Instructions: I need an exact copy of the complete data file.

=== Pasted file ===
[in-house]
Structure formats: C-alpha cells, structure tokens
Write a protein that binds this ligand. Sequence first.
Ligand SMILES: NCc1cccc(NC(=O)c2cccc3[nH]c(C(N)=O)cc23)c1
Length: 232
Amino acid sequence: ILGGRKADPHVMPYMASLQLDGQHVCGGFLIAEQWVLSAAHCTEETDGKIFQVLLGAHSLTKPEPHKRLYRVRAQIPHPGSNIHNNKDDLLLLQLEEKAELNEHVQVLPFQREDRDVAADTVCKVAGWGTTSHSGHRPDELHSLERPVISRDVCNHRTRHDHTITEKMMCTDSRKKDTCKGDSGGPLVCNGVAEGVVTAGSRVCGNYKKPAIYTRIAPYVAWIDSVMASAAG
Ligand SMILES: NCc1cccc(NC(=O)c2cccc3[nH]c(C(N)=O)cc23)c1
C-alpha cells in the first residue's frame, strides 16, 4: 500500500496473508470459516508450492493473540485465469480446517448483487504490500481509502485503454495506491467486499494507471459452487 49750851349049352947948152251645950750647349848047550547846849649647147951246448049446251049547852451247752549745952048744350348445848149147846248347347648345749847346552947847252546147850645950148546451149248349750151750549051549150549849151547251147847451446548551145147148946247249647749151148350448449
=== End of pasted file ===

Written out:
[in-house]
Structure formats: C-alpha cells, structure tokens
Write a protein that binds this ligand. Sequence first.
Ligand SMILES: NCc1cccc(NC(=O)c2cccc3[nH]c(C(N)=O)cc23)c1
Length: 232
Amino acid sequence: ILGGRKADPHVMPYMASLQLDGQHVCGGFLIAEQWVLSAAHCTEETDGKIFQVLLGAHSLTKPEPHKRLYRVRAQIPHPGSNIHNNKDDLLLLQLEEKAELNEHVQVLPFQREDRDVAADTVCKVAGWGTTSHSGHRPDELHSLERPVISRDVCNHRTRHDHTITEKMMCTDSRKKDTCKGDSGGPLVCNGVAEGVVTAGSRVCGNYKKPAIYTRIAPYVAWIDSVMASAAG
Ligand SMILES: NCc1cccc(NC(=O)c2cccc3[nH]c(C(N)=O)cc23)c1
C-alpha cells in the first residue's frame, strides 16, 4: 500500500496473508470459516508450492493473540485465469480446517448483487504490500481509502485503454495506491467486499494507471459452487 49750851349049352947948152251645950750647349848047550547846849649647147951246448049446251049547852451247752549745952048744350348445848149147846248347347648345749847346552947847252546147850645950148546451149248349750151750549051549150549849151547251147847451446548551145147148946247249647749151148350448449